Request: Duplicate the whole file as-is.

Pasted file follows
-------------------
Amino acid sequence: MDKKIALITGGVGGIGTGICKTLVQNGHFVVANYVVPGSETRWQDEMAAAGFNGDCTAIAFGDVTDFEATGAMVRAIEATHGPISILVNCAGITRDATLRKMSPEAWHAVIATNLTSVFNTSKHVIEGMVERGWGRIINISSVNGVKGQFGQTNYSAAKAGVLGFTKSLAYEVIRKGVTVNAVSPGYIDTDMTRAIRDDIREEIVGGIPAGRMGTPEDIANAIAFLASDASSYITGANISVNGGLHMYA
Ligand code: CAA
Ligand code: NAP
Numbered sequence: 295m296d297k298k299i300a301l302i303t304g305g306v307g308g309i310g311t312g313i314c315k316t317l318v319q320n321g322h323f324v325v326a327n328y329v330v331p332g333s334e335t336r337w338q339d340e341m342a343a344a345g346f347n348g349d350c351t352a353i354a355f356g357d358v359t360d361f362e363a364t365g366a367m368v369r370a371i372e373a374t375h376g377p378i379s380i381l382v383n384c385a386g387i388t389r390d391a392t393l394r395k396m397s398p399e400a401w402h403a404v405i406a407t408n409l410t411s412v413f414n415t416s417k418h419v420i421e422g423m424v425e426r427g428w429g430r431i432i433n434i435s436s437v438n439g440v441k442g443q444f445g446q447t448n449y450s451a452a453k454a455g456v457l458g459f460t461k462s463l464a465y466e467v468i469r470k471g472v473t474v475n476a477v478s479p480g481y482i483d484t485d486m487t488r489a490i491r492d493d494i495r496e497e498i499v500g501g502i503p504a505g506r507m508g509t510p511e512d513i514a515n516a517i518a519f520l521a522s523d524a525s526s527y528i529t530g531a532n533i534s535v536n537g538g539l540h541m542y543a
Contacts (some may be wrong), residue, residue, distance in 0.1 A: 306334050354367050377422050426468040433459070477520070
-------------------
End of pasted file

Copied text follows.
Amino acid sequence: MDKKIALITGGVGGIGTGICKTLVQNGHFVVANYVVPGSETRWQDEMAAAGFNGDCTAIAFGDVTDFEATGAMVRAIEATHGPISILVNCAGITRDATLRKMSPEAWHAVIATNLTSVFNTSKHVIEGMVERGWGRIINISSVNGVKGQFGQTNYSAAKAGVLGFTKSLAYEVIRKGVTVNAVSPGYIDTDMTRAIRDDIREEIVGGIPAGRMGTPEDIANAIAFLASDASSYITGANISVNGGLHMYA
Ligand code: CAA
Ligand code: NAP
Numbered sequence: 295m296d297k298k299i300a301l302i303t304g305g306v307g308g309i310g311t312g313i314c315k316t317l318v319q320n321g322h323f324v325v326a327n328y329v330v331p332g333s334e335t336r337w338q339d340e341m342a343a344a345g346f347n348g349d350c351t352a353i354a355f356g357d358v359t360d361f362e363a364t365g366a367m368v369r370a371i372e373a374t375h376g377p378i379s380i381l382v383n384c385a386g387i388t389r390d391a392t393l394r395k396m397s398p399e400a401w402h403a404v405i406a407t408n409l410t411s412v413f414n415t416s417k418h419v420i421e422g423m424v425e426r427g428w429g430r431i432i433n434i435s436s437v438n439g440v441k442g443q444f445g446q447t448n449y450s451a452a453k454a455g456v457l458g459f460t461k462s463l464a465y466e467v468i469r470k471g472v473t474v475n476a477v478s479p480g481y482i483d484t485d486m487t488r489a490i491r492d493d494i495r496e497e498i499v500g501g502i503p504a505g506r507m508g509t510p511e512d513i514a515n516a517i518a519f520l521a522s523d524a525s526s527y528i529t530g531a532n533i534s535v536n537g538g539l540h541m542y543a
Contacts (some may be wrong), residue, residue, distance in 0.1 A: 306334050354367050377422050426468040433459070477520070